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Reply #47 on: April 22, 2018, 07:13:32 pm
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For your viewing pleasure, a few pics taken here locally today, attached down below

Looks good to me!! Nice job and enjoy the ride.
Suppose I were an idiot, and suppose I were a member of Congress; but I repeat myself. ... Mark Twain
2006 AVL Electra


Adrian II

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Reply #48 on: April 23, 2018, 04:19:18 am
The decompressor on the AVL is a joke.

With a bit of work to the cylinder head you can fit the old-style decompressor off the iron barrel models. Works just fine.

https://forum.classicmotorworks.com/index.php/topic,25254.0.html

A.
Grumpy Brit still seeking 500 AVL Bullet perfection! Will let you know if I get anywhere near...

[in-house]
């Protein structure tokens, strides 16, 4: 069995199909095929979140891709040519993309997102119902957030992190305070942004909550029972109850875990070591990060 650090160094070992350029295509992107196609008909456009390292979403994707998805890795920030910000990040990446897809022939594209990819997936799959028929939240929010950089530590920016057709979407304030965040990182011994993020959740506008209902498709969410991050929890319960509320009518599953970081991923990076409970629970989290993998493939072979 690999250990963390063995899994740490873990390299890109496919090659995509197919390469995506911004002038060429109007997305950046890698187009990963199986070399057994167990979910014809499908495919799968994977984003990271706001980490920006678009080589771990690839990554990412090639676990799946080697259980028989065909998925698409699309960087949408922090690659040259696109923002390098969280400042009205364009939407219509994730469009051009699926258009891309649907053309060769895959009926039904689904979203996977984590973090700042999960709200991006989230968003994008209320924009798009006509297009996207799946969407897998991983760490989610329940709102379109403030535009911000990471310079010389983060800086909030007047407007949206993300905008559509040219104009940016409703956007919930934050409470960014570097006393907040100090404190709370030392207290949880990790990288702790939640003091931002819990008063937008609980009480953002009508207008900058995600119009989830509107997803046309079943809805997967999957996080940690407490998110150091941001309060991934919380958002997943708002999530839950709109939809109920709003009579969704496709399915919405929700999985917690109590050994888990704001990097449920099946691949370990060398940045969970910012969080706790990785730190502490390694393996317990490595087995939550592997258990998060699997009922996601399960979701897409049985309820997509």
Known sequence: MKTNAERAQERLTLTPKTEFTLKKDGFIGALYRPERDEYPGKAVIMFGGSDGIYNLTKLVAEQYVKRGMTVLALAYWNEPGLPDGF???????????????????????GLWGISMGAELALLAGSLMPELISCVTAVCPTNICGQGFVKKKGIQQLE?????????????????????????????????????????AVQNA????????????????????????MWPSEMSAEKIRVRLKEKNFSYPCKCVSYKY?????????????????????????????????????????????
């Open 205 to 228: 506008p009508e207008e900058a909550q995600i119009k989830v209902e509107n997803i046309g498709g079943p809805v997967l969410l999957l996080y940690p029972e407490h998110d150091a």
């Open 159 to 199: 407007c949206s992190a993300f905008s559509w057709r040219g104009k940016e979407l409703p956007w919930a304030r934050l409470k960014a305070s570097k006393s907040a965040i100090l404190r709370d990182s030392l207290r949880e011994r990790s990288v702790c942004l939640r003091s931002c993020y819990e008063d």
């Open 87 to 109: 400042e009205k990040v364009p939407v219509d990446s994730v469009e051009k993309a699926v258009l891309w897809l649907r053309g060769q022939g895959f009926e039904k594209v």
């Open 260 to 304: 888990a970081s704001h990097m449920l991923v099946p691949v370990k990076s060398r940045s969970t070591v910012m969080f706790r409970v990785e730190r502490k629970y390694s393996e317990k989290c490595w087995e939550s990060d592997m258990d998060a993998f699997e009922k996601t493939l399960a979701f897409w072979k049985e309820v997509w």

ringoism

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Reply #49 on: May 12, 2018, 02:09:05 pm
Re: the original AVL decompressor, I've actually seen a couple that work - at least they work as well as I'd need them to, just something to get me over the compression "hump" before kicking so it's rotated to where it needs to be...  That said I know the CI decomps work better and have seen one AVL here thus converted, but I just don't feel like cutting into my head or especially removing fins. 

Two questions:

1.  Was wondering what can be done about headlight aim on the original style (I guess 7") models without adjustments (I understood from another thread that the DOT mandated adjustability, forcing RE to switch to smaller reflector in the U.S. to allow space for the screws?).  Anyway, I'm continually blinding oncoming traffic on low-beam, and high beam does me no good, being pointed pretty much up in the trees (this is not related to my tyre-size change btw).  Seems a common issue here, but as a great many Indians don't mind blinding one another, and actually seeing where one is going is generally optional, not many complain and thus solutions are not exactly highly sought after / developed on this end.